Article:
• Building Impacts on the Atmosphere, Materials, and Resources: The requirements for areas to store and collect recyclables, including batteries and electronics, for construction waste management and for life-cycle assessment have been updated. New requirements were also added for multiple-attribute product declaration or certification and maximum mercury content levels of certain types of electric lamps.

    • Construction and Plans for Operation: In addition to the air-barrier testing requirements noted in bullet four above, this section has updated requirements related to the environmental impacts associated with the idling of construction vehicles and new requirements to reduce the entry of airborne contaminants associated with construction areas.

    As was the case in the 2011 edition of the standard, each section (other than 5 and 10) follows a similar format:

    X.1 General. This subsection includes a statement of scope and addresses other broad issues for the section.

    x.2 Compliance Paths. This subsection indicates the compliance options available within a given section.

    x.3 Mandatory Provisions. This subsection contains mandatory provisions that apply to all projects (i.e., provisions that must be met and may not be ignored in favor of equal or more stringent provisions found in other subsections).

    x.4 Prescriptive Option. This subsection—an alternative to the Performance Option—contains prescribed provisions that must be met in addition to all mandatory provisions. Prescribed provisions are intended to offer a simple compliance approach that involves minimal calculations.

    x.5 Performance Option. This subsection—an alternative to the Prescriptive Option—contains performance-based provisions that must be met in addition to all mandatory provisions. Performance provisions are intended to offer a more complex alternate compliance approach that typically involves simulation or other calculations, which are expected to result in the same or better performance than compliance with prescribed provisions.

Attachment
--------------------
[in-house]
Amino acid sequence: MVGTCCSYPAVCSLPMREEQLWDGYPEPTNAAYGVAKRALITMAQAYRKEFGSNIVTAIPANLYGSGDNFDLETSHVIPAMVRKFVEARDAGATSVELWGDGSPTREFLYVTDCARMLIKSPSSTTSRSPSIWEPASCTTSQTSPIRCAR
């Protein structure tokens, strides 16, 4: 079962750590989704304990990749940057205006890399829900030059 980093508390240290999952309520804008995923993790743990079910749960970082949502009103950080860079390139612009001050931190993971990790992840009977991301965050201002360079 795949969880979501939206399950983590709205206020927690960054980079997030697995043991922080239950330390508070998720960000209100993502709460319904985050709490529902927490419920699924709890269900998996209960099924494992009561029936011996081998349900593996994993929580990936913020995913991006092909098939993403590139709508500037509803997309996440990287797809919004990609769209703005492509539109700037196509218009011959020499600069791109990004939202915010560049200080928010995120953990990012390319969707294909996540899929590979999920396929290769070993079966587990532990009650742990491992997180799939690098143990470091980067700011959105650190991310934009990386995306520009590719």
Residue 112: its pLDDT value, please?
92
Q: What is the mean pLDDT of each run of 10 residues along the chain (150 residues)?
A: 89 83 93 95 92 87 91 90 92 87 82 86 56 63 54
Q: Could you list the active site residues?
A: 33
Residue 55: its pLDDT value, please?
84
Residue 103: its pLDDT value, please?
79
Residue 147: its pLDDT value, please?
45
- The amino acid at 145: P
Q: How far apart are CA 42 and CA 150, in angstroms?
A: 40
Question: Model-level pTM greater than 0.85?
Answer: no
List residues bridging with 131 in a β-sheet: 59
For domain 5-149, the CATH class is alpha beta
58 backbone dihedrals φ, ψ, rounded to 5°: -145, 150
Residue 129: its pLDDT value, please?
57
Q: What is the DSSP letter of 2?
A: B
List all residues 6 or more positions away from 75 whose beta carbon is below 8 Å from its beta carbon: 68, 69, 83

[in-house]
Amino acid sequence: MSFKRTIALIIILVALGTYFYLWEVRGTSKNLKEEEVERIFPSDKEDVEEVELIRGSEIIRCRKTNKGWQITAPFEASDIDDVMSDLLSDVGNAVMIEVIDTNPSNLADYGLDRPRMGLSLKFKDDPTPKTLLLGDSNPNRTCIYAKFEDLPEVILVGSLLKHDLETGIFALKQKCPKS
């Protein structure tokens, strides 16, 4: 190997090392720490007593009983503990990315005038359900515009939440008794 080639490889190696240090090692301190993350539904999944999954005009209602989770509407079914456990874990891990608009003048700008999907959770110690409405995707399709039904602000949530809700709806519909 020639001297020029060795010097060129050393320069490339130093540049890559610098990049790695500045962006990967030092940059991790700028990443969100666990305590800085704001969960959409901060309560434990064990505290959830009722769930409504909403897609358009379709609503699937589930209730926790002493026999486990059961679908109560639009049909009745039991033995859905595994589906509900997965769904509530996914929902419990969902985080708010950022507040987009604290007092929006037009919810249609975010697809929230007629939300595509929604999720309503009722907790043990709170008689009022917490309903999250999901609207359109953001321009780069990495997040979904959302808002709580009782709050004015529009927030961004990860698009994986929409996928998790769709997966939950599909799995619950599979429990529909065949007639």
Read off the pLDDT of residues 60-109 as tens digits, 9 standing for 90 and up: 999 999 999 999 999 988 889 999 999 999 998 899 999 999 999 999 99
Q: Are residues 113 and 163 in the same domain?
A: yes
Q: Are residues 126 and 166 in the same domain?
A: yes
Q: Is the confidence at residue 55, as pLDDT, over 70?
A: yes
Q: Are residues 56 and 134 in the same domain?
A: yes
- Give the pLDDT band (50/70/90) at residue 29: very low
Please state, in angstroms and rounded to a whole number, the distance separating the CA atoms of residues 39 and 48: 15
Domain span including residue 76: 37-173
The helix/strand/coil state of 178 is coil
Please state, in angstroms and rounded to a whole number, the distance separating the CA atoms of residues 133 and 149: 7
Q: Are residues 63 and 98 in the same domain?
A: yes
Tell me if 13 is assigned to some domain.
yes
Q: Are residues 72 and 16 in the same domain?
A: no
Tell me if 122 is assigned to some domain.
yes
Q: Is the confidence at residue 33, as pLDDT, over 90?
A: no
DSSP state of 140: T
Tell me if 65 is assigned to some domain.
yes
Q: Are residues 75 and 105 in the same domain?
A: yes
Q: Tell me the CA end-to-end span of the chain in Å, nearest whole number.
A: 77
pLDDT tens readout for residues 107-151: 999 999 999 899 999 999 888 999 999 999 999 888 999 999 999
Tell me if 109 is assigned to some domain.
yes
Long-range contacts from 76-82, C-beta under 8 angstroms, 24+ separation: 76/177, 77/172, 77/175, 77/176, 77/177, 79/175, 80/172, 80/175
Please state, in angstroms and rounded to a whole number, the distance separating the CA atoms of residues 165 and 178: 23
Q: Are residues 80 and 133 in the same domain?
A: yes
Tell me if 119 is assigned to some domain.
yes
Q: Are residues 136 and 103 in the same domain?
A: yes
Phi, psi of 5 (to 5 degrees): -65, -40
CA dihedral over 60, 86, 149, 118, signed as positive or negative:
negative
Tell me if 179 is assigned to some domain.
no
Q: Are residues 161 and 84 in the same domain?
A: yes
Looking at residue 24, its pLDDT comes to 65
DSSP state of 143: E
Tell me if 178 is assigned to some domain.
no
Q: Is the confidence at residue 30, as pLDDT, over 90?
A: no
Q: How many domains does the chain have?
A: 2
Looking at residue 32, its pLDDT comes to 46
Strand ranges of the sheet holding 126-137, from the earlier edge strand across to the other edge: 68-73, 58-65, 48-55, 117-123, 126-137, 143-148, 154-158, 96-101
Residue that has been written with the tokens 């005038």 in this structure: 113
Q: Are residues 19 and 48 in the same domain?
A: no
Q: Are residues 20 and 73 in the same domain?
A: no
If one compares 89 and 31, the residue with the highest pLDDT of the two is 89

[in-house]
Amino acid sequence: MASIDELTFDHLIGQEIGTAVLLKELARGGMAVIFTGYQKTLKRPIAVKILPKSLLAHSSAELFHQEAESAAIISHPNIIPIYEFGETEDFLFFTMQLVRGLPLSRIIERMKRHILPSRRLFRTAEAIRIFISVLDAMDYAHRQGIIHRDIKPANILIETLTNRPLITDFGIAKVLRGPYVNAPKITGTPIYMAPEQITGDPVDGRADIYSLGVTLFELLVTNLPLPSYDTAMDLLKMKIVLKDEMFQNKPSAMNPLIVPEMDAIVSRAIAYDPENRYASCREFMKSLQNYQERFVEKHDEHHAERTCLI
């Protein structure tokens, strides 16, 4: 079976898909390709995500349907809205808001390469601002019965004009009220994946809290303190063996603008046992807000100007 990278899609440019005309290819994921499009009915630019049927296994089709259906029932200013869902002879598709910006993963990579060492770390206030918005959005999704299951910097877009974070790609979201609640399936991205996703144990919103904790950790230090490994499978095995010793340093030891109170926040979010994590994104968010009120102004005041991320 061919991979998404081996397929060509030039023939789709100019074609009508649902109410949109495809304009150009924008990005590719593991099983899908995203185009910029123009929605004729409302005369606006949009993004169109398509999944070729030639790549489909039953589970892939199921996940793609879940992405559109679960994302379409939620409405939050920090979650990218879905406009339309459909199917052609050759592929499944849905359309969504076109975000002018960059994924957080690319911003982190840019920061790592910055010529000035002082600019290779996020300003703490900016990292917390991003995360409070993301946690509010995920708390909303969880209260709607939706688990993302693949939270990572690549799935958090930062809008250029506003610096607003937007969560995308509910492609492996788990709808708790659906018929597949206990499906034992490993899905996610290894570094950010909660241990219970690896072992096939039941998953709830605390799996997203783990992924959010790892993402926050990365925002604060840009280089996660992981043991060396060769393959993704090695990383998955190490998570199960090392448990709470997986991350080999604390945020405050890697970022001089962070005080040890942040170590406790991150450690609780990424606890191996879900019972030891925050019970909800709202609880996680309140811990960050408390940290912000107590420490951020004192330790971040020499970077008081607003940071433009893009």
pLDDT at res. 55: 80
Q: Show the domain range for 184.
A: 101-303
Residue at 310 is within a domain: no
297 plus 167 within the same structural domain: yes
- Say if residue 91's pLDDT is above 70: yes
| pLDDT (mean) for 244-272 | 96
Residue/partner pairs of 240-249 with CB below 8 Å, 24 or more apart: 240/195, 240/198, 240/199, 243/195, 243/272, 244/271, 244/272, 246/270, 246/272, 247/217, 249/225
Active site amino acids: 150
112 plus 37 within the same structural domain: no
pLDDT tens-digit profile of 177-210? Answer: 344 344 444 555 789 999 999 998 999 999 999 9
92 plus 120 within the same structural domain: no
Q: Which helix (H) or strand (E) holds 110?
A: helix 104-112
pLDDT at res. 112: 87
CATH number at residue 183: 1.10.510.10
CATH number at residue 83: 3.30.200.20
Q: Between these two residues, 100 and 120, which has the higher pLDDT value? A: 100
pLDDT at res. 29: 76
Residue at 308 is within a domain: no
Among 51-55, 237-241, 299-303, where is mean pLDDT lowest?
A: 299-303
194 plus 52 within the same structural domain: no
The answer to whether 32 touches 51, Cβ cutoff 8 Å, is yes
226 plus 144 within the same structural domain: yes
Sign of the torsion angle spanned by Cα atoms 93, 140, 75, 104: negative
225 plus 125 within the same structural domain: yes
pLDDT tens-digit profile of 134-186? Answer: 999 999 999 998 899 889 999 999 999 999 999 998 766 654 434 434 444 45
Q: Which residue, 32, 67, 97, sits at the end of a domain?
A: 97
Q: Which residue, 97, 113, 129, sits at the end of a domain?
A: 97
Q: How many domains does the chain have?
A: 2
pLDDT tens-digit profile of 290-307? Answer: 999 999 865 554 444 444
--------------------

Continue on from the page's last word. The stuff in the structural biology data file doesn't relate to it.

SSPC 189.1 considers and responds to proposed changes to this continuous maintenance standard and provides interpretations of the standard’s requirements on request. Proposed changes to the standard may originate within or outside of the committee. The committee welcomes proposals for improving the standard using ANSI-approved ASHRAE continuous maintenance procedures. A continuous maintenance proposal (CMP) form can be found online at www.ashrae.org/standards-research--technology/standards--guidelines/continuous-maintenance. A hard copy of the form can be found in the back of this standard and may be completed and submitted at any time. The committee takes formal action on every proposal received, which often results in changes to the published standard. ASHRAE posts approved addenda in publication notices on the ASHRAE website. To receive notice of all public reviews, approved and published addenda, errata, and interpretations, as well as meeting notices, ASHRAE encourages interested parties to sign up for the ASHRAE Listserv for this standard (www.ashrae.org/resources--publications/periodicals/listserves).

    1.PURPOSE

    The purpose of this standard is to provide minimum requirements for the siting, design, construction, and plan for operation of high-performance green buildings to

    1. a.balance environmental responsibility, resource efficiency, occupant comfort and well being, and community sensitivity; and

    2. b.support the goal of development that meets the needs of the present without compromising the ability of future generations to meet their own needs.